By Vasilis Vasilas
The Greek contribution to Australia’s socio- economic post World War II development should not be underestimated; so many Greek migrants grabbed arising opportunities to start their own businesses and successfully served and catered their communities. Looking at the growth and impact of Sydney’s Greek businesses highlights how some of them transcended local markets to become important players at national and international markets. And one of these successful Greek businesses is undoubtedly Marrickville’s M & J Chickens, which was established by Minas Souris.
Whichever angle you examine the M & J Chicken’s story, it is simply a great story; whether it is a migrant story of working incredibly hard for the business to succeed, the actual success of M and J Chickens or even looking at Minas’ down-to-earth and humble attitude, it is all there for a great story!
What is fascinating about successful entrepreneurs is often their different background to the business of their eventual success which raises the important question of how they actually got into that business. And as a young man, Minas Souris followed the family trade of carpentry in boat-building in idyllic Agia Pelagia, Kythira. When the Halioris family, who were already in Australia, were holidaying in Kythira, Minas met Jenny (Halioris); after marrying in Kythira, Minas found himself migrating to Australia and his first job was at Easy Fix Windows, which was run by compatriots, Harry Zantiotis, with his uncle, Vaggeli. Although Minas was appreciative to have a job, he realised work opportunities were actually better on Kythira, and he and Jenny began preparations to return home.
However, fate stepped in. It was when Minas began working in the chicken shop at Seven Ways, in Rockdale, which was run by Terry Zistis- his father-in-law, Harry (Halioris) and Harry Asimakopoulos, (who would eventually buy this business) – that Minas experienced the opportunity for lots of work in this very busy shop and he decided to stay in Australia.
Being highly motivated, Minas and Jenny’s first opportunity was to buy John Mallos’ delicatessen at Wiley Park and renovate it into a chicken shop. To attract customers to Wiley Park’s ‘quiet’ shopping strip, Minas bought chicken in bulk, at a cheaper price, and sold it to customers at a cheaper price. After a few years, Minas took the next big step and began distributing chicken by setting up a workshop in the rear of the shop to prepare the chicken. Minas and Jenny subsequently became wholesalers.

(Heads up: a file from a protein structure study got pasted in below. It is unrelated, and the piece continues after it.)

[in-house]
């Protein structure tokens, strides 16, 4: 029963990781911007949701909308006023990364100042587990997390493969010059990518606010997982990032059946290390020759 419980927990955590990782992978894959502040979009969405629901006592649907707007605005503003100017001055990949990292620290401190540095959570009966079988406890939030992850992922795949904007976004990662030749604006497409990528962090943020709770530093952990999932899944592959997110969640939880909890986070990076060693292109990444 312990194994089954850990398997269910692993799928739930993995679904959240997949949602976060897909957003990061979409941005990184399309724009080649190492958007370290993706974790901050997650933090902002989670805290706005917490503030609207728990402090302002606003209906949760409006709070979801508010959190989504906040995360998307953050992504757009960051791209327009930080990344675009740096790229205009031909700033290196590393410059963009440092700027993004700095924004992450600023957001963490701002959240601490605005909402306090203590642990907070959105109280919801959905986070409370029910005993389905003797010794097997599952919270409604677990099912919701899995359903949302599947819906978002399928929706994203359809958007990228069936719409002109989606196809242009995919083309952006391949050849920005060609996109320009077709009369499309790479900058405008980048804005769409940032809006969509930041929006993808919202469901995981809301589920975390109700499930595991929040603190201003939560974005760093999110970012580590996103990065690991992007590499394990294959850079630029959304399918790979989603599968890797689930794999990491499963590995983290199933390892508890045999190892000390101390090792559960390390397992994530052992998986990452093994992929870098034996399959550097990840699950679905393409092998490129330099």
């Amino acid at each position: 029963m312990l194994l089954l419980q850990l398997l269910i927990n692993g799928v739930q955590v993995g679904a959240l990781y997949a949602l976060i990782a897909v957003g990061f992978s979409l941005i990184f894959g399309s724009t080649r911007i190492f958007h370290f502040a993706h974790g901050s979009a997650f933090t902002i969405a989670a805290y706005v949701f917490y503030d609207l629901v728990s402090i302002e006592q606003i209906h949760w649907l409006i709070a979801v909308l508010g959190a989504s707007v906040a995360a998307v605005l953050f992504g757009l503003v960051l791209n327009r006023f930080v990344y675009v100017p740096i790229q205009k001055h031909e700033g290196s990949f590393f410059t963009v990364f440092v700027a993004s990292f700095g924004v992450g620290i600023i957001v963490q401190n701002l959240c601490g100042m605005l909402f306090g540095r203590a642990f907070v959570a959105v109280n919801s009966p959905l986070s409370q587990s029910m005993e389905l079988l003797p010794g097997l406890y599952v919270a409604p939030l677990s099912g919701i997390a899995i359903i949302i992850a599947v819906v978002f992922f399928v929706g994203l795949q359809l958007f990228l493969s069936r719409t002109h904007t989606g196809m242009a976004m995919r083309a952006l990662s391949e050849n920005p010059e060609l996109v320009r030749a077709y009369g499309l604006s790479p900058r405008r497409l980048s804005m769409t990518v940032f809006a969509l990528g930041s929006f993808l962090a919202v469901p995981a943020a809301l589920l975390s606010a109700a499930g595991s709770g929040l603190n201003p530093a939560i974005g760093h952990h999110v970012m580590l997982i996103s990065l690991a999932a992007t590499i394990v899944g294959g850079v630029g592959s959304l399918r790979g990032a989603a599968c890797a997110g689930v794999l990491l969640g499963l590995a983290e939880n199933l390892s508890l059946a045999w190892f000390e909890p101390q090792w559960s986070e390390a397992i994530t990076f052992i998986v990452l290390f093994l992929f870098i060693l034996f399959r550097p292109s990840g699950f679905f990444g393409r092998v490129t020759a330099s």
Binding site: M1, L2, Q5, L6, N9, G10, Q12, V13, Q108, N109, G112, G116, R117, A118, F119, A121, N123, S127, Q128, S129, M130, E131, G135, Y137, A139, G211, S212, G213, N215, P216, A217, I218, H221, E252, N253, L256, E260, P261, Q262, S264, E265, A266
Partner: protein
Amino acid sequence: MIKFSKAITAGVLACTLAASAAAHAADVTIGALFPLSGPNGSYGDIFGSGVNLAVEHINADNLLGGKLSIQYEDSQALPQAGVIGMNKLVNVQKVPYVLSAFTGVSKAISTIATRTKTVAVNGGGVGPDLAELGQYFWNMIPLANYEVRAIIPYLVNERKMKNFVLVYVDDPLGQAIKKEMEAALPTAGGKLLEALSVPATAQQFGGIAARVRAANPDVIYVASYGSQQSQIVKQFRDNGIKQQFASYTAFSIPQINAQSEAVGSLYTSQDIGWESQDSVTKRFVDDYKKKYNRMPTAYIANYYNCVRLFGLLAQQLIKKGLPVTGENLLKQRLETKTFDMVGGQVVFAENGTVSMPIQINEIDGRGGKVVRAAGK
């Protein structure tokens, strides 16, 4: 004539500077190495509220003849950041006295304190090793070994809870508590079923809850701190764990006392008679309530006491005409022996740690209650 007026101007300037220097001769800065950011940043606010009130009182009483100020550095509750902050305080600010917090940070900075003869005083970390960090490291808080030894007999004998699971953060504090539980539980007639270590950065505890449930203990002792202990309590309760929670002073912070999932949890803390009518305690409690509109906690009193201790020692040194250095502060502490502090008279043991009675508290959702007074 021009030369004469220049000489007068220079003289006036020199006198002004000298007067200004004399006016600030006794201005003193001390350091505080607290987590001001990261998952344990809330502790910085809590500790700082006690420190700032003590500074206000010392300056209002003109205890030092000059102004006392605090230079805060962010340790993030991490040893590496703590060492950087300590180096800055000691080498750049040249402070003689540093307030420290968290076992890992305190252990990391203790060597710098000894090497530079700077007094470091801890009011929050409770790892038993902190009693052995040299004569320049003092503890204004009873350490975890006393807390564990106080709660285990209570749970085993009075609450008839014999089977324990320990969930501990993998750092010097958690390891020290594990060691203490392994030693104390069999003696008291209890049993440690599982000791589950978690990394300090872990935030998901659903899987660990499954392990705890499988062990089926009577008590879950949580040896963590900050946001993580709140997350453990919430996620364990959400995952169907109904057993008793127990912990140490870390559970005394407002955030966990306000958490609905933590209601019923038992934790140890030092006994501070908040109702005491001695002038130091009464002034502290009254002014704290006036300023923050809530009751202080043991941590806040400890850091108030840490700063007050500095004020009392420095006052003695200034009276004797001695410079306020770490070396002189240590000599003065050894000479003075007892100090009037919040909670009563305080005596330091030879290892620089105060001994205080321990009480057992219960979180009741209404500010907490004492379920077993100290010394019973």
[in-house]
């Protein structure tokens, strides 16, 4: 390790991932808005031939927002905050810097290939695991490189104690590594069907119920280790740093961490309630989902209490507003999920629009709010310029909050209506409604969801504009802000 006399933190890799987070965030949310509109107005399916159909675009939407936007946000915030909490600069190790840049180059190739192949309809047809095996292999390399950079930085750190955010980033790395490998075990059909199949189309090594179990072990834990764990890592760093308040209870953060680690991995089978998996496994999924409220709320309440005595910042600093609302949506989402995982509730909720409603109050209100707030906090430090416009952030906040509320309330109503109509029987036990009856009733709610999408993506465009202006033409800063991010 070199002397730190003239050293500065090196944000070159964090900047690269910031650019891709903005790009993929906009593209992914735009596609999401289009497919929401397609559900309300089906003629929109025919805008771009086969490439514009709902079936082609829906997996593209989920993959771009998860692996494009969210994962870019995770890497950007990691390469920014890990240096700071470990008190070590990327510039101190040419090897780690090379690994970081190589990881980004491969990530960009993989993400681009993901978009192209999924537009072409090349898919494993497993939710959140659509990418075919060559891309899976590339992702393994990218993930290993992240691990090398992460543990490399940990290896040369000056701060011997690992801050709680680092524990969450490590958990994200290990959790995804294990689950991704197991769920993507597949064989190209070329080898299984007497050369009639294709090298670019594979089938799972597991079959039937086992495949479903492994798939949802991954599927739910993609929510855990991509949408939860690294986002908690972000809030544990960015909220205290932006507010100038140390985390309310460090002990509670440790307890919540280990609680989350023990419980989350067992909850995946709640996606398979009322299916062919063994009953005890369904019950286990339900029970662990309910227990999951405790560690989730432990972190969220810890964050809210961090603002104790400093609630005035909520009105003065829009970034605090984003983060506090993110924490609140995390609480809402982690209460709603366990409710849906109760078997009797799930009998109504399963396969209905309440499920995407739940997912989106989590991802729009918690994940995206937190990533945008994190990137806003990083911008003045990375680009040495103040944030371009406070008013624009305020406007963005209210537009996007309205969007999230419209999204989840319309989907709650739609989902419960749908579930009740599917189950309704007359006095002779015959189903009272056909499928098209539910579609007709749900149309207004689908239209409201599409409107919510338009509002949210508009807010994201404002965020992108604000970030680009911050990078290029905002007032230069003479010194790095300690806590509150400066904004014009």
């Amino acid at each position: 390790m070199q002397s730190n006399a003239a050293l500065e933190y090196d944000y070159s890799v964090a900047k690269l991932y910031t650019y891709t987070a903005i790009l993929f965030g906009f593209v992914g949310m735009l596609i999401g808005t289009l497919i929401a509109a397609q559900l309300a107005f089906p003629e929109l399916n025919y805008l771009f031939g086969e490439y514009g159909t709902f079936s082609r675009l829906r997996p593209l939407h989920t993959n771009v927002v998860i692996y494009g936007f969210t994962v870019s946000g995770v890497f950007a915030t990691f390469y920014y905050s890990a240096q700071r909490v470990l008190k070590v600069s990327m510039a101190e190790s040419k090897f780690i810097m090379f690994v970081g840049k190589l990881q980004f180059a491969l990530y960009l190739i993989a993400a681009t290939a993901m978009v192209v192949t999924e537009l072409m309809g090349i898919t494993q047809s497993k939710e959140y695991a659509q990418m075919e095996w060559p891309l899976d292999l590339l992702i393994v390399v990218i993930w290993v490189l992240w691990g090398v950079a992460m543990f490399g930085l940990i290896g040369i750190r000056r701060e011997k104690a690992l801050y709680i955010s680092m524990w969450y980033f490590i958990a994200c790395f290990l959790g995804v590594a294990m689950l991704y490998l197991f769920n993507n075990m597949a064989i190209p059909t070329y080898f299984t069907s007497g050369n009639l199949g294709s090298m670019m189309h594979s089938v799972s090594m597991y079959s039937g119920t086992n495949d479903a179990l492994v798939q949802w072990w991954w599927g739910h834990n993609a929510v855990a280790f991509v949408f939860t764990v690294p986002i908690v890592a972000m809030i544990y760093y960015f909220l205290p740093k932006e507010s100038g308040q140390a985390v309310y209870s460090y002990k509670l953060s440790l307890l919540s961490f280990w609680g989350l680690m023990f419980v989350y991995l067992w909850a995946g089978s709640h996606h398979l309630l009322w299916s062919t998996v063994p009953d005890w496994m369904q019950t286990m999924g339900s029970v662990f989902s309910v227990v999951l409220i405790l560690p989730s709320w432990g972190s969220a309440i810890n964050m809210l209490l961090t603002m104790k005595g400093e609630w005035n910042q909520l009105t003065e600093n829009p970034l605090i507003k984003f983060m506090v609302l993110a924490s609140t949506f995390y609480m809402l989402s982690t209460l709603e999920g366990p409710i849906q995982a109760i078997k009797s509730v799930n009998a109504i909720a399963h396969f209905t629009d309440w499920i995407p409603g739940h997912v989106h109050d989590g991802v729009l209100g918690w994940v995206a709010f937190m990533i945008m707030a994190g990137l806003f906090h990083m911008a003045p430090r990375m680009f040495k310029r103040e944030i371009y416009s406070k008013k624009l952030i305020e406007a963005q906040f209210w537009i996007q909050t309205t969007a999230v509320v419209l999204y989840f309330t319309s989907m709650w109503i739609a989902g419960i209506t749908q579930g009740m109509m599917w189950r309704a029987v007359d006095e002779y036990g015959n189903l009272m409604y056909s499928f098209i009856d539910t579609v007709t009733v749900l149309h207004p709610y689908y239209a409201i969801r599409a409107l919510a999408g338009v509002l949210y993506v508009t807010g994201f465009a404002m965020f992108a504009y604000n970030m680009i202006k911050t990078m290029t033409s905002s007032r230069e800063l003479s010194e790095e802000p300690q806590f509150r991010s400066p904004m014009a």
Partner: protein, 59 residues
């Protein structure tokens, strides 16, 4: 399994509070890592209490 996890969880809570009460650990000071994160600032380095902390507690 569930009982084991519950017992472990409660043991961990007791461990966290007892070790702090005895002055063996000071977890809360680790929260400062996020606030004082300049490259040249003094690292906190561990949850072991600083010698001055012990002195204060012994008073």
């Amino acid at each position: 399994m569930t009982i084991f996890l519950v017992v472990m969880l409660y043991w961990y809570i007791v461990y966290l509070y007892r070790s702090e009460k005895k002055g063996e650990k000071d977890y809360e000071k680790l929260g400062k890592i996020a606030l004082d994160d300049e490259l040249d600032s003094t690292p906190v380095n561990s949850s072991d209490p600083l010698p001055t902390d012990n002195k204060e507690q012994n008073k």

In only four years, M and J Chickens outgrew its premises and moved to Sloane Street, Marrickville, where Peter Meletis had his food distribution business. M and J Chickens has never looked back since! It grew and grew… and grew and grew… into the enormous business it is today!
Asked about M & J Chickens success, Mina explains, “When starting off a business, the hardest part is gaining the trust of your customers. In competitive markets, why should customers use your product and service when they can go elsewhere? What has always been paramount for us is: high quality product,and excellent service – at the best price. Trust is very important, and comes over many years.”
Minas summarises the hard work and sacrifice in building a successful business, ‘It takes time for a business to grow. M & J Chickens are the largest distributor of chicken in Australia and even exports chicken to several countries; people see how big M & J Chickens is but we were not always like this. It took many years of hard work to develop and grow to this point. We put in very long hours into the business, finishing 11pm and getting up again at 5am was our normal routine during busy periods. Nothing happens easy in business.
Being taken on a tour through M & J Chickens is truly an eye-opener at the thorough quality control through the premises. To ensure boneless chicken has no bones, it is a long process- including the high- tech machinery and lots of staff- making very sure everything is perfect. And underlying such thoroughness is M & J Chickens’ objective to remain at the forefront of their industry, “Our work is our work. We work, we invest. We invest millions of dollars into our business, whether it meant buying property to expand our business, or buying the latest equipment. We put so much back into M & J Chickens.”
All Minas and Jenny’s children, Michalis, Maria and Theoharis (Haris), worked in the family business. In 2018, a private equity company bought 75% of M & J Chickens, and the Souris family remain actively involved in the business.
M and J Chickens’ story is featured in Vasili’s book, “Little Athens: Marrickville”.
Jenny Souris of ‘M & J Chickens’ tragically passes aged 63
Jenny Souris, the ‘J’ of M & J Chickens, tragically passed on May 12 after a long fought battle with breast cancer. News of her death came after NRL club Canterbury-Bankstown Bulldogs released a statement on the sadness of her passing.
M & J Chickens have been a long time sponsor of the NRL club, with Jenny Souris being one of their longest standing fans.
“She was a personable and grounded lady who loved to spend time with family and close friends and was always so happy to see the M&J logo proudly displayed on the Bulldogs jerseys,” Canterbury-Bankstown Bulldogs said in the statement.
“Jenny was unwell for some time and was surrounded by family when she passed on Tuesday.”
The Greek Herald would like to pass on their condolences to the Souris family.